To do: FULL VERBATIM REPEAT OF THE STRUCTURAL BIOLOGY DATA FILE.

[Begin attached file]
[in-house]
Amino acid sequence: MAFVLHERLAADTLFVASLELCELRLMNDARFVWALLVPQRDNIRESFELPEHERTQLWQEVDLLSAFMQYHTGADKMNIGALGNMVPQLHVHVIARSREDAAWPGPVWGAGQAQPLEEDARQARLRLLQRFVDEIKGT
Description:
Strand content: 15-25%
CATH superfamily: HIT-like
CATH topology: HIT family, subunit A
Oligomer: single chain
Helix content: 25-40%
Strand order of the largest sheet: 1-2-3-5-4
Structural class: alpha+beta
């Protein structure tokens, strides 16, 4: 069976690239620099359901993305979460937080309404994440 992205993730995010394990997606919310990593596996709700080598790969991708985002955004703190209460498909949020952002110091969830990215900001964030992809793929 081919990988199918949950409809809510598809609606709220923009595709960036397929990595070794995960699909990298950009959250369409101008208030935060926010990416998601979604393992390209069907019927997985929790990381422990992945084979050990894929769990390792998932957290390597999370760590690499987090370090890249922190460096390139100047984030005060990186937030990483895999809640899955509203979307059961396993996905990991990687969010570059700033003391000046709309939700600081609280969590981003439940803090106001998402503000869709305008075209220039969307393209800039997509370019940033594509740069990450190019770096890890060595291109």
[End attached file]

[in-house]
Amino acid sequence: MAFVLHERLAADTLFVASLELCELRLMNDARFVWALLVPQRDNIRESFELPEHERTQLWQEVDLLSAFMQYHTGADKMNIGALGNMVPQLHVHVIARSREDAAWPGPVWGAGQAQPLEEDARQARLRLLQRFVDEIKGT
Description:
Strand content: 15-25%
CATH superfamily: HIT-like
CATH topology: HIT family, subunit A
Oligomer: single chain
Helix content: 25-40%
Strand order of the largest sheet: 1-2-3-5-4
Structural class: alpha+beta
């Protein structure tokens, strides 16, 4: 069976690239620099359901993305979460937080309404994440 992205993730995010394990997606919310990593596996709700080598790969991708985002955004703190209460498909949020952002110091969830990215900001964030992809793929 081919990988199918949950409809809510598809609606709220923009595709960036397929990595070794995960699909990298950009959250369409101008208030935060926010990416998601979604393992390209069907019927997985929790990381422990992945084979050990894929769990390792998932957290390597999370760590690499987090370090890249922190460096390139100047984030005060990186937030990483895999809640899955509203979307059961396993996905990991990687969010570059700033003391000046709309939700600081609280969590981003439940803090106001998402503000869709305008075209220039969307393209800039997509370019940033594509740069990450190019770096890890060595291109």